Myths matter. This Article is the first to confront a powerful myth that pervades modern economic, technological, and legal discourse: the Myth of Free. The prevailing view is that consumers capture massive welfare surplus from a flood of innovative new products that are offered free of charge. Economists, legal scholars, and industry stakeholders created an origin story-a myth-to explain how these products became "Free."
But that orthodox origin story is fatally flawed. This Article formalizes, then debunks, the Myth of Free and its underlying assumptions. The Myth is riddled with internal inconsistencies, logical errors, and factual. inaccuracies. In their place, this Article provides a revisionist history of Free, one that offers greater descriptive and predictive accuracy. Along the way, it solves several puzzles: Why has Free become the default online business model? Why does the age of abundance-so often predicted-always fail to materialize? And why is society nonetheless drawn to such predictions?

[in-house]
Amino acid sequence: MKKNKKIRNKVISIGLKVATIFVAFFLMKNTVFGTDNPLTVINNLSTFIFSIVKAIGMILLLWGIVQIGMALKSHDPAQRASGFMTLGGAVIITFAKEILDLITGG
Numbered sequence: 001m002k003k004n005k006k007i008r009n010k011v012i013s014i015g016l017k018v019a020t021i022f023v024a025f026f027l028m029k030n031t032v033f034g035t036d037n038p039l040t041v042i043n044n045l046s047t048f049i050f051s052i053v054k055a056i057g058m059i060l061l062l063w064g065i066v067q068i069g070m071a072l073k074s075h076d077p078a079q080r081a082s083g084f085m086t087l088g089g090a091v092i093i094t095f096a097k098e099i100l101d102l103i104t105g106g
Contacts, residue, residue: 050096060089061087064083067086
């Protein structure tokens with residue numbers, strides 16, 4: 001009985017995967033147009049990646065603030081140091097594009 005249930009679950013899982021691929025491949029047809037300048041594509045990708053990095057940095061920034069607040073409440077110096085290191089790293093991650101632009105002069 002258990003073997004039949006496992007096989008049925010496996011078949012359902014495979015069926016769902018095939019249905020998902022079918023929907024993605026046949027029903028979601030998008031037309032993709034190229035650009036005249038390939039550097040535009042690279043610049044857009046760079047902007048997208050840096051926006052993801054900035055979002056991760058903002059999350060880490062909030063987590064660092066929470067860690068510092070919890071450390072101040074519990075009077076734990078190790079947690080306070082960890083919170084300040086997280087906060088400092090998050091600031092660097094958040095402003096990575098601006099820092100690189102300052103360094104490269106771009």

The task is urgent: the Myth of Free is not benign. It has misled courts into granting protected legal status to Free-product suppliers in cases ranging from contract disputes to antitrust and privacy litigation. It has also motivated policy proposals that call for eliminating market interventions - or competitive markets themselves- without adequate justification in either case. Moreover, policies designed for a post- scarcity world necessarily overlook the persistent problems attendant to scarcity, thereby creating substantial allocative inefficiencies. This Article seeks to dispel the Myth of Free before it can wreak further harm to societal welfare and the rule of law
John M. Newman, The Myth of Free, 86 Geo. Wash. L. Rev. 513 (2018).